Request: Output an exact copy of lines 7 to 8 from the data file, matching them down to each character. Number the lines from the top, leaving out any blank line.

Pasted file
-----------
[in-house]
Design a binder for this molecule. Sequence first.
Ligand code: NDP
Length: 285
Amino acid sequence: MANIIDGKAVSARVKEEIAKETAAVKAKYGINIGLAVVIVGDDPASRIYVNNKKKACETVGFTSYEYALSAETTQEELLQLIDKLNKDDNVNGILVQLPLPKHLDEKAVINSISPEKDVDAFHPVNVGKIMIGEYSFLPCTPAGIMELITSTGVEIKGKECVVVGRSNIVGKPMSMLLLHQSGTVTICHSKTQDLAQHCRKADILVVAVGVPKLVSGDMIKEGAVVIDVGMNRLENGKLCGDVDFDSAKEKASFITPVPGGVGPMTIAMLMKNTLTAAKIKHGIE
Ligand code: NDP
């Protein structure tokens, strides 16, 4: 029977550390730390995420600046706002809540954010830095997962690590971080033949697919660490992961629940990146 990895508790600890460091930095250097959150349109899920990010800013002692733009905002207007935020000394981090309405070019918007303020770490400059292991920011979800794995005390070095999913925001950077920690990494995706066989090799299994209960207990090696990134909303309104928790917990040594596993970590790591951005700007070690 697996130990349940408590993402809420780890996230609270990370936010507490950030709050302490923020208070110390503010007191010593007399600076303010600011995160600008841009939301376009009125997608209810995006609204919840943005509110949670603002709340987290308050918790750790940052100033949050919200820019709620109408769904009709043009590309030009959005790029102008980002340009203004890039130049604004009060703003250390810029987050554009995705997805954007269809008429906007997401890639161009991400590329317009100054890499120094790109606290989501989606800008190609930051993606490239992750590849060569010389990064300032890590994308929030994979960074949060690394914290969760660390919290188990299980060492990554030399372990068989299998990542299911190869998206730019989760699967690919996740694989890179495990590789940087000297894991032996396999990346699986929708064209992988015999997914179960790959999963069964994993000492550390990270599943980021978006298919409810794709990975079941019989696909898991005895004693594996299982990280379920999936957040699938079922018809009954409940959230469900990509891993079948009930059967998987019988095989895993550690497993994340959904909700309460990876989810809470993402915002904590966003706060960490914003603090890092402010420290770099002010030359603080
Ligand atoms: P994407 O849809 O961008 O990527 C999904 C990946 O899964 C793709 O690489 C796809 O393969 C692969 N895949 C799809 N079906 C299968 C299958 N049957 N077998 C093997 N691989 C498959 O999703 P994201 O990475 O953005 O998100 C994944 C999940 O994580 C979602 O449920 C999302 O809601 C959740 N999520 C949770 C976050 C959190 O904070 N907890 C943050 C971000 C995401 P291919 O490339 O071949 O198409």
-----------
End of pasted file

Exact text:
């Protein structure tokens, strides 16, 4: 029977550390730390995420600046706002809540954010830095997962690590971080033949697919660490992961629940990146 990895508790600890460091930095250097959150349109899920990010800013002692733009905002207007935020000394981090309405070019918007303020770490400059292991920011979800794995005390070095999913925001950077920690990494995706066989090799299994209960207990090696990134909303309104928790917990040594596993970590790591951005700007070690 697996130990349940408590993402809420780890996230609270990370936010507490950030709050302490923020208070110390503010007191010593007399600076303010600011995160600008841009939301376009009125997608209810995006609204919840943005509110949670603002709340987290308050918790750790940052100033949050919200820019709620109408769904009709043009590309030009959005790029102008980002340009203004890039130049604004009060703003250390810029987050554009995705997805954007269809008429906007997401890639161009991400590329317009100054890499120094790109606290989501989606800008190609930051993606490239992750590849060569010389990064300032890590994308929030994979960074949060690394914290969760660390919290188990299980060492990554030399372990068989299998990542299911190869998206730019989760699967690919996740694989890179495990590789940087000297894991032996396999990346699986929708064209992988015999997914179960790959999963069964994993000492550390990270599943980021978006298919409810794709990975079941019989696909898991005895004693594996299982990280379920999936957040699938079922018809009954409940959230469900990509891993079948009930059967998987019988095989895993550690497993994340959904909700309460990876989810809470993402915002904590966003706060960490914003603090890092402010420290770099002010030359603080
Ligand atoms: P994407 O849809 O961008 O990527 C999904 C990946 O899964 C793709 O690489 C796809 O393969 C692969 N895949 C799809 N079906 C299968 C299958 N049957 N077998 C093997 N691989 C498959 O999703 P994201 O990475 O953005 O998100 C994944 C999940 O994580 C979602 O449920 C999302 O809601 C959740 N999520 C949770 C976050 C959190 O904070 N907890 C943050 C971000 C995401 P291919 O490339 O071949 O198409």